Beef and Co2

Americans cut their beef consumption by 19 percent — nearly one-fifth — in the years from 2005 to 2014, according to research released on Wednesday by the Natural Resources Defense Council.

The council hails the plummeting popularity of beef as a victory in the fight against climate change, because greenhouse gases are produced when cattle are raised. The reduction in pollution equals the emissions of 39 million cars, or about one-sixth of the number of cars registered in the United States in 2015, the group explains.

(What they don’t say is that beef cattle fattened on grain [not grass] fart methane prodigiously.)

About lifegrower

Peter V. Fossel has been gardening since he was nine, and has been an organic farmer for the last 20 years. His most recent book, “Organic Farming, Everything You Need to know” was published by Voyageur Press, Minneapolis, 2007. He’s written numerous gardening articles for Organic Gardening, Horticulture, Country Journal, Out Here, and American Profile among others. He was Gardens Manager for The Hermitage, home of President Andrew Jackson in Tennessee before returning to Cape Cod to start his newest organic venture, Swan River Farm in Dennisport, MA.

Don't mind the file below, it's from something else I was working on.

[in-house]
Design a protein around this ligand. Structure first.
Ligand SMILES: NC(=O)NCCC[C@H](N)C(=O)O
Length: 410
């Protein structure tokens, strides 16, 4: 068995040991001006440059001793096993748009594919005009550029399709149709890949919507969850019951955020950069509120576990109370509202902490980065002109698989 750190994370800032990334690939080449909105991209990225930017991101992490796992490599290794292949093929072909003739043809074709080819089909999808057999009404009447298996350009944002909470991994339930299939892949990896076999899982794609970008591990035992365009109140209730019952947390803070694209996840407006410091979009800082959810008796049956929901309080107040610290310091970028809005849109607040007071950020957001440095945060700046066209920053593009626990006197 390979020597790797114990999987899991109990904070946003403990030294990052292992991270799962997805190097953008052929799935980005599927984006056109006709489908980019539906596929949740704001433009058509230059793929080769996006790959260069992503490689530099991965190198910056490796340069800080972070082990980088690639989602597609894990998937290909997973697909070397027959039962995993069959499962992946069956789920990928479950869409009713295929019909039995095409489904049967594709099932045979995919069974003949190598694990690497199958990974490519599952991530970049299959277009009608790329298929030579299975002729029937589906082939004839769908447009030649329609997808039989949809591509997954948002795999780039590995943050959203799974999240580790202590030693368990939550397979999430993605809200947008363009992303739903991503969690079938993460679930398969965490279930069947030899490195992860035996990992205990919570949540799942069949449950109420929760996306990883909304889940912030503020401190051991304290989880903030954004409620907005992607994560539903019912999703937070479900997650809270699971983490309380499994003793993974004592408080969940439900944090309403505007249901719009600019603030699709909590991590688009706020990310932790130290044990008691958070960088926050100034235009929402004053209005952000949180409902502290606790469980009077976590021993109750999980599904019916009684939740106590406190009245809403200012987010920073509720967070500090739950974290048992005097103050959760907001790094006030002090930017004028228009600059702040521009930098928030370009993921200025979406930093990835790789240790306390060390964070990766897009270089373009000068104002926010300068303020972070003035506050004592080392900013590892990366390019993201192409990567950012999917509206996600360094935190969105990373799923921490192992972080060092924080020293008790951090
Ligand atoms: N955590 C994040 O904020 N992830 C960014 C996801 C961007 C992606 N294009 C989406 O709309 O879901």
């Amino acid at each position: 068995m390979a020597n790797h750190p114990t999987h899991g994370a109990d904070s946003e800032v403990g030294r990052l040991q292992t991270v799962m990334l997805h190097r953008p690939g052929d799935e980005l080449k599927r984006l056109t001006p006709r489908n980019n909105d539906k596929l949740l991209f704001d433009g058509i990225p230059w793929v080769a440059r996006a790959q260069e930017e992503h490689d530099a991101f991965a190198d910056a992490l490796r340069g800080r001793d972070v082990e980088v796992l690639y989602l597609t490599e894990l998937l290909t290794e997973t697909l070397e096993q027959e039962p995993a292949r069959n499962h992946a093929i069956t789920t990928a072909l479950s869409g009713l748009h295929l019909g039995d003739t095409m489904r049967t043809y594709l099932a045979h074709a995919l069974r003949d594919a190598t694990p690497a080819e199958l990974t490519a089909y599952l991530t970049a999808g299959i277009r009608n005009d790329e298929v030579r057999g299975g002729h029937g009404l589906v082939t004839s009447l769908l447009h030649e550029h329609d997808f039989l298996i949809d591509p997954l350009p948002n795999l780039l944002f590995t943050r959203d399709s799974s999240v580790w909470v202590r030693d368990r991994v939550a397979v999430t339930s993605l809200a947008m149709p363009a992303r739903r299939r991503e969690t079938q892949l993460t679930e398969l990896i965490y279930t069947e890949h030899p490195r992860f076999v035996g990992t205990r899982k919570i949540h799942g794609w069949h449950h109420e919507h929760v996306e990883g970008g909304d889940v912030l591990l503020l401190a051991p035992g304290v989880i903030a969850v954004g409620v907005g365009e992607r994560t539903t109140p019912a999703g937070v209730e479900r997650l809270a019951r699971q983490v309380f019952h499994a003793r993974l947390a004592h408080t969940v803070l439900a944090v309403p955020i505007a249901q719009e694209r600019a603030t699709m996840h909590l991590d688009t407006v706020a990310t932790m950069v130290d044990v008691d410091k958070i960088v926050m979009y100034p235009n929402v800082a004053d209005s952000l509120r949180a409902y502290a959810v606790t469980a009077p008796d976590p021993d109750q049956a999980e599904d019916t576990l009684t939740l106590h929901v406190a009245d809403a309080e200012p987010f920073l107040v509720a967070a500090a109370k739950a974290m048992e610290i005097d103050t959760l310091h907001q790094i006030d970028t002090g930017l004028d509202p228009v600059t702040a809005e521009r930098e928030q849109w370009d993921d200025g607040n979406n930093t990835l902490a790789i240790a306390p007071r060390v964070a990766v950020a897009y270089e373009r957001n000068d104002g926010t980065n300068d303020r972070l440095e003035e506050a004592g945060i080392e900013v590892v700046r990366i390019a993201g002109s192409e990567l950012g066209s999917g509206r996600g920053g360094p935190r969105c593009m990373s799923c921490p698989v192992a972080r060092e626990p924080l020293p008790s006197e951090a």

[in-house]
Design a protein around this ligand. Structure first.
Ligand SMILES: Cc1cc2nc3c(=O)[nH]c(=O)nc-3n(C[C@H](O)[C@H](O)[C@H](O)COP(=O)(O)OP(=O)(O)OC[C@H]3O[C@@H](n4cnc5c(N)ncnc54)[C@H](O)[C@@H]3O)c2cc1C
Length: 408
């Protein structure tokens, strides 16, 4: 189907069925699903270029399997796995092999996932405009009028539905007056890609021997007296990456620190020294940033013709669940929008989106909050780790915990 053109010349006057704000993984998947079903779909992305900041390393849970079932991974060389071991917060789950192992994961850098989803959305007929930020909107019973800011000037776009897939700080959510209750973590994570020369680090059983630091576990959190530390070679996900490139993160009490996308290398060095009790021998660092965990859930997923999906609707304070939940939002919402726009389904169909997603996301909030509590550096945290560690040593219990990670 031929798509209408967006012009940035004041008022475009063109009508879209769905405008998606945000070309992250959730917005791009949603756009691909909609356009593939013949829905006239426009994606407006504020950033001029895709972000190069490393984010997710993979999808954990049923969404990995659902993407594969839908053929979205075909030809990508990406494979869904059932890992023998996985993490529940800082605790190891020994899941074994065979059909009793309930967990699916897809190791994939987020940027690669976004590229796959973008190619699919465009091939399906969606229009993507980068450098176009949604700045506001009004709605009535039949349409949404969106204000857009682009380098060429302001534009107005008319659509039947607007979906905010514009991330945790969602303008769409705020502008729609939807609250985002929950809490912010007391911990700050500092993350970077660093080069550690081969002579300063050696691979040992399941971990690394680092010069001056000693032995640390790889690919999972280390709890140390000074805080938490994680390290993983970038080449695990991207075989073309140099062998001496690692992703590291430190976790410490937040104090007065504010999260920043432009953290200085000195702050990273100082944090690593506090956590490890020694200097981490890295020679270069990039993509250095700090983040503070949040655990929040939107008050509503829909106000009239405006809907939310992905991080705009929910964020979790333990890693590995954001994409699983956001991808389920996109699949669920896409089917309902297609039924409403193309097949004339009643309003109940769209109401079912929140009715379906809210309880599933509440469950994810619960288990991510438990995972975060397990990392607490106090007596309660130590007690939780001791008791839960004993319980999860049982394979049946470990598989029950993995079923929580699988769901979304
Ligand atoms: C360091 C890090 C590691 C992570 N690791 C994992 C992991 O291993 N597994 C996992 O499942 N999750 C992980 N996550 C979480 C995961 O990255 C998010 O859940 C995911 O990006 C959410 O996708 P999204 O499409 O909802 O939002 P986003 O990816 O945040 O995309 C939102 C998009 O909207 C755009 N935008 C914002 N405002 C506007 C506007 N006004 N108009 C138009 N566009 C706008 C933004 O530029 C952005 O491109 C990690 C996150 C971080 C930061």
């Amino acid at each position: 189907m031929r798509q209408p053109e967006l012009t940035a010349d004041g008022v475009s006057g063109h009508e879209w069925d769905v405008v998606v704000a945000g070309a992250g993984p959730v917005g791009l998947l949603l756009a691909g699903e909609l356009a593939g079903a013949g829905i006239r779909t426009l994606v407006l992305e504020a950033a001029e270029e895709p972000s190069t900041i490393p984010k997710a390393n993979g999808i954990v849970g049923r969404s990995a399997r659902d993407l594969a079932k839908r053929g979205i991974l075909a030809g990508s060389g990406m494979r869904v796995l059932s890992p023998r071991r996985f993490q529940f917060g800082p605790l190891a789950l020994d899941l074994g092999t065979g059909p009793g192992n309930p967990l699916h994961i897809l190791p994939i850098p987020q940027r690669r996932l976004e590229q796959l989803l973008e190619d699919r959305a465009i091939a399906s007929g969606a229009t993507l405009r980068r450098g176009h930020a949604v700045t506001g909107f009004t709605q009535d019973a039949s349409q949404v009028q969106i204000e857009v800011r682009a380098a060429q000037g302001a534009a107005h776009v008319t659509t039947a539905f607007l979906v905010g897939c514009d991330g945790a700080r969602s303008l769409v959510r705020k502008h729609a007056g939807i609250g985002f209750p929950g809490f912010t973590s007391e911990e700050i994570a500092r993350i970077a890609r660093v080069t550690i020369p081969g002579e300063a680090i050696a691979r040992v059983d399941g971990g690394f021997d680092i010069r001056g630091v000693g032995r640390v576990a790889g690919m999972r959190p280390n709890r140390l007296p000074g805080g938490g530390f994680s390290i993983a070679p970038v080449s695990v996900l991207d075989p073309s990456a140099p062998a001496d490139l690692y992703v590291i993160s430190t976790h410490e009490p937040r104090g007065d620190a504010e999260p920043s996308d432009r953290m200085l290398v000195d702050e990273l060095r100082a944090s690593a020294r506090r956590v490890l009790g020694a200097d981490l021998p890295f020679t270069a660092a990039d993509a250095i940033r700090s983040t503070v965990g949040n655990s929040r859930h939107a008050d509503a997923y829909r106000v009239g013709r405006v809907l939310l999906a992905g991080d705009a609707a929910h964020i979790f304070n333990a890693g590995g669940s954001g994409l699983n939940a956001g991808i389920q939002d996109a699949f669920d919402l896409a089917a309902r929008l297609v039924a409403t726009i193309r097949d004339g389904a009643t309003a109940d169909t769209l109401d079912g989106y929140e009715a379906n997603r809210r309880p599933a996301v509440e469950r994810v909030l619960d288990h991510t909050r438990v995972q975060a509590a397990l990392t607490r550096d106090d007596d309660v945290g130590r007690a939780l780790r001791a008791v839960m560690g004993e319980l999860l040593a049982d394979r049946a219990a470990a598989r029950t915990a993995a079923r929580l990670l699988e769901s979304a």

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1 Response to Beef and Co2

  1. Paul Hoffman says:

    Bingo! Livestock raised on the land, harvesting their own food, have an entirely different impact than ones in confinement pens getting corn poured in front of them every day.

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